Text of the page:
# Algebraic Topology: Homology and Cohomology by Andrew H. Wallace

By Andrew H. Wallace

This self-contained textual content is appropriate for complicated undergraduate and graduate scholars and will be used both after or at the same time with classes commonly topology and algebra. It surveys a number of algebraic invariants: the basic crew, singular and Cech homology teams, and various cohomology groups.

Proceeding from the view of topology as a kind of geometry, Wallace emphasizes geometrical motivations and interpretations. as soon as past the singular homology teams, even though, the writer advances an realizing of the subject's algebraic styles, leaving geometry apart that allows you to research those styles as natural algebra. quite a few workouts seem through the textual content. as well as constructing scholars' considering when it comes to algebraic topology, the routines additionally unify the textual content, when you consider that a lot of them characteristic effects that seem in later expositions. huge appendixes provide invaluable experiences of history material.

Reprint of the W. A. Benjamin, Inc., big apple, 1970 variation.

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Table of Contents

I. basic TOPOLOGY.

1. Set conception and Logic.

2. Topological areas and non-stop Functions.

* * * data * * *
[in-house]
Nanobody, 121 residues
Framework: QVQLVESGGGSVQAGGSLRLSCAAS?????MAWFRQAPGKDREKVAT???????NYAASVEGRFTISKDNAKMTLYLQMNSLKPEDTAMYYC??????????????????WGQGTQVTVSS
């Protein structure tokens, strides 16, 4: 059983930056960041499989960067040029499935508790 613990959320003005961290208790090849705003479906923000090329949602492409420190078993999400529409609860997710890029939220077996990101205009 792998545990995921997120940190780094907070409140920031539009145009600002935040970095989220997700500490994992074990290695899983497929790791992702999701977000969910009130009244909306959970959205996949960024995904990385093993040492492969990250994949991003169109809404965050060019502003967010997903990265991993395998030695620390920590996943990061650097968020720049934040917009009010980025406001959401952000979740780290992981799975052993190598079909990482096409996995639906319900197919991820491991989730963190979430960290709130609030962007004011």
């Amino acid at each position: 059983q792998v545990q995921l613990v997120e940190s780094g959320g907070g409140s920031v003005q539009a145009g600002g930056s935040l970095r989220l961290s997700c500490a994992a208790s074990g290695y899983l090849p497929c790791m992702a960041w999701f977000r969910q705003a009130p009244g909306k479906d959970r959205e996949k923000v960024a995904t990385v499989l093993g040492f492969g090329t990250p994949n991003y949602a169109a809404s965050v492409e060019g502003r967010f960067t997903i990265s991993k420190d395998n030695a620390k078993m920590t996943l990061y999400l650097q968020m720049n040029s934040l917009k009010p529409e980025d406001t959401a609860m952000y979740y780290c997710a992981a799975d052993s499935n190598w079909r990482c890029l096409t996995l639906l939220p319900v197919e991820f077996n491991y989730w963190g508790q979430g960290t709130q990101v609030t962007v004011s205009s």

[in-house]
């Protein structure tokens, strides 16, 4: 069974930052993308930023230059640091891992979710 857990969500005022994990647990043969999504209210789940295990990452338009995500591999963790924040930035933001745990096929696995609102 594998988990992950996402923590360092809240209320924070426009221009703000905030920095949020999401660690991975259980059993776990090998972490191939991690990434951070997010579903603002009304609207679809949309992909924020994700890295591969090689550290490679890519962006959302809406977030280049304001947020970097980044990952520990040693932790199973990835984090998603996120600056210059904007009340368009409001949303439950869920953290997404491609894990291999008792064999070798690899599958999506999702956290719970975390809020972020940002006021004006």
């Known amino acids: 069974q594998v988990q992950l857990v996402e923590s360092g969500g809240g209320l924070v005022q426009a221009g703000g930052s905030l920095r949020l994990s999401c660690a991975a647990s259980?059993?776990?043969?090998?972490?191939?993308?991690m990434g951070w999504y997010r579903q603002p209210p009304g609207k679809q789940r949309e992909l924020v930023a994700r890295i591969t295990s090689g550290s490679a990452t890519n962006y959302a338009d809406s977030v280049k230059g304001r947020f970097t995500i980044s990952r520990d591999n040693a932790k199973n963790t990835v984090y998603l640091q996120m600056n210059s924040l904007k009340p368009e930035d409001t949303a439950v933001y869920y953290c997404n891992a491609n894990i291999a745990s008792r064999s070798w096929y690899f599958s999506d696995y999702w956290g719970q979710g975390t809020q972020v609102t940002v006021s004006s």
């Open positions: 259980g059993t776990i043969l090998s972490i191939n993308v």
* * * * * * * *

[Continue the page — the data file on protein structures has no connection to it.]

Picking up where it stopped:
three. Connectedness and Compactness.

four. Countability and Separation Axioms.

five. The Tychonoff Theorem.

6. Metrization Theorems and Paracompactness.

7. entire Metric areas and serve as Spaces.

eight. Baire areas and measurement Theory.

II. ALGEBRAIC TOPOLOGY.

nine. the elemental Group.

10. Separation Theorems within the Plane.

11. The Seifert-van Kampen Theorem.

12. category of Surfaces.

13. type of overlaying Spaces.

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Index.

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**Extra info for Algebraic Topology: Homology and Cohomology**

**Example text**

In algebraic terms, for each p, a homomorphism Hp: CC(E) -+ Cp+1(E) should be constructed such that, for a singular simplex on E, dHpo=Ba-a-Hp_1da (1-6) a formula of the same type as that appearing in Theorem 1-16. In Introduction an explicit form is given for H. It is more suitable here to use a different procedure, which will prepare the way for a more general technique to be introduced later. The construction of H will be carried out inductively. fi HQ = Hq fl (1-8) where fl is an induced homomorphism of chain groups corresponding to a continuous map of one space into another.

Definition 1-26. The homomorphism 0: HP(X, Y) -+ HP _ 1(Y, Z) constructed as above is called the boundary homomorphism or homology boundary homomorphism (to emphasize the fact that it operates on homology groups). Note that although the operator d on chains is also a homomorphism it is always called the boundary operator to avoid confusion. An important property of a is that it commutes with homomorphisms induced by continuous maps. This is really just a reflection of the fact that the boundary operator commutes with such homomorphisms (cf.

In particular, the simplexes of maximum dimension in BS correspond to those sequences in which all dimensions appear from 0 up to dim S. 2-6. If K is a complex, let BK denote the set of all simplexes in all BS where S is a simplex of K. Show that the union of simplexes in BK is a complex. Also, if L is a subcomplex of K, show that BL is the subcomplex of BK that is obtained by taking all simplexes of BK lying in the space L. Note that, combining this result with Exercise 2-1, the barycentric subdivision of any complex can be obtained by taking the barycentric subdivision of a simplex and then restricting to a subcomplex.